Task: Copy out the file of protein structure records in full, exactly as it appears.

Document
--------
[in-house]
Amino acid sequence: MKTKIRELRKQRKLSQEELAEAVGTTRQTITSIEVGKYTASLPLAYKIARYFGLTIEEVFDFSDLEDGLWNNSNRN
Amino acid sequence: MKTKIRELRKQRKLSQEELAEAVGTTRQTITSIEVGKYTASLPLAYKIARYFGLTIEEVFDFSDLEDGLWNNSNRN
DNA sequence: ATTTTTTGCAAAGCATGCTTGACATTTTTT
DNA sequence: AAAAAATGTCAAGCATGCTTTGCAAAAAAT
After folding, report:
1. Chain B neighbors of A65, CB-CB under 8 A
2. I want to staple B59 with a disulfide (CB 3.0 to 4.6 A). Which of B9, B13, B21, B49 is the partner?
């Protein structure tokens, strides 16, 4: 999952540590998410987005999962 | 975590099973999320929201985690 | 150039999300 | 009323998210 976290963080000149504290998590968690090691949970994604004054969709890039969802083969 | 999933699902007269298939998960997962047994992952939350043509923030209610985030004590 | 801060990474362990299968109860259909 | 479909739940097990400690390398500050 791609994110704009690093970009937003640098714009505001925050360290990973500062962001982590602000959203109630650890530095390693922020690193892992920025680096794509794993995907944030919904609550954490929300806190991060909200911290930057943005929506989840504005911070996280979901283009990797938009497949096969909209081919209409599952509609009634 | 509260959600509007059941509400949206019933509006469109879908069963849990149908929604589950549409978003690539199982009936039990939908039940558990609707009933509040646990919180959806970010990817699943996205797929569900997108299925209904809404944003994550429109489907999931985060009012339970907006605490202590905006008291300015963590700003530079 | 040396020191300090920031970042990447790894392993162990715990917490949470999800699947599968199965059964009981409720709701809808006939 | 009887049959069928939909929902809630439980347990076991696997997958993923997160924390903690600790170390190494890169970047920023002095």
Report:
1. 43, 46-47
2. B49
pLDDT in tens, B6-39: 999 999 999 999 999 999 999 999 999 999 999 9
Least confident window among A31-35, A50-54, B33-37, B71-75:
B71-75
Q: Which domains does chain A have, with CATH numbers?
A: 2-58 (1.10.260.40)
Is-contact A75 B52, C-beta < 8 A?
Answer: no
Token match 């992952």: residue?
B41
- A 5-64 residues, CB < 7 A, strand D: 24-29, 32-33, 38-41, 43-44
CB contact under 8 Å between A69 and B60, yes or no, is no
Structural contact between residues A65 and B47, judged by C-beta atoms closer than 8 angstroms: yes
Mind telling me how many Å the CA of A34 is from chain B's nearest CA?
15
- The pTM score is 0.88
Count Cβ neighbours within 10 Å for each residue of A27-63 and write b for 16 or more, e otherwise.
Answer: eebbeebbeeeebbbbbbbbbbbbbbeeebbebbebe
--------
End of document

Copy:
[in-house]
Amino acid sequence: MKTKIRELRKQRKLSQEELAEAVGTTRQTITSIEVGKYTASLPLAYKIARYFGLTIEEVFDFSDLEDGLWNNSNRN
Amino acid sequence: MKTKIRELRKQRKLSQEELAEAVGTTRQTITSIEVGKYTASLPLAYKIARYFGLTIEEVFDFSDLEDGLWNNSNRN
DNA sequence: ATTTTTTGCAAAGCATGCTTGACATTTTTT
DNA sequence: AAAAAATGTCAAGCATGCTTTGCAAAAAAT
After folding, report:
1. Chain B neighbors of A65, CB-CB under 8 A
2. I want to staple B59 with a disulfide (CB 3.0 to 4.6 A). Which of B9, B13, B21, B49 is the partner?
């Protein structure tokens, strides 16, 4: 999952540590998410987005999962 | 975590099973999320929201985690 | 150039999300 | 009323998210 976290963080000149504290998590968690090691949970994604004054969709890039969802083969 | 999933699902007269298939998960997962047994992952939350043509923030209610985030004590 | 801060990474362990299968109860259909 | 479909739940097990400690390398500050 791609994110704009690093970009937003640098714009505001925050360290990973500062962001982590602000959203109630650890530095390693922020690193892992920025680096794509794993995907944030919904609550954490929300806190991060909200911290930057943005929506989840504005911070996280979901283009990797938009497949096969909209081919209409599952509609009634 | 509260959600509007059941509400949206019933509006469109879908069963849990149908929604589950549409978003690539199982009936039990939908039940558990609707009933509040646990919180959806970010990817699943996205797929569900997108299925209904809404944003994550429109489907999931985060009012339970907006605490202590905006008291300015963590700003530079 | 040396020191300090920031970042990447790894392993162990715990917490949470999800699947599968199965059964009981409720709701809808006939 | 009887049959069928939909929902809630439980347990076991696997997958993923997160924390903690600790170390190494890169970047920023002095």
Report:
1. 43, 46-47
2. B49
pLDDT in tens, B6-39: 999 999 999 999 999 999 999 999 999 999 999 9
Least confident window among A31-35, A50-54, B33-37, B71-75:
B71-75
Q: Which domains does chain A have, with CATH numbers?
A: 2-58 (1.10.260.40)
Is-contact A75 B52, C-beta < 8 A?
Answer: no
Token match 């992952």: residue?
B41
- A 5-64 residues, CB < 7 A, strand D: 24-29, 32-33, 38-41, 43-44
CB contact under 8 Å between A69 and B60, yes or no, is no
Structural contact between residues A65 and B47, judged by C-beta atoms closer than 8 angstroms: yes
Mind telling me how many Å the CA of A34 is from chain B's nearest CA?
15
- The pTM score is 0.88
Count Cβ neighbours within 10 Å for each residue of A27-63 and write b for 16 or more, e otherwise.
Answer: eebbeebbeeeebbbbbbbbbbbbbbeeebbebbebe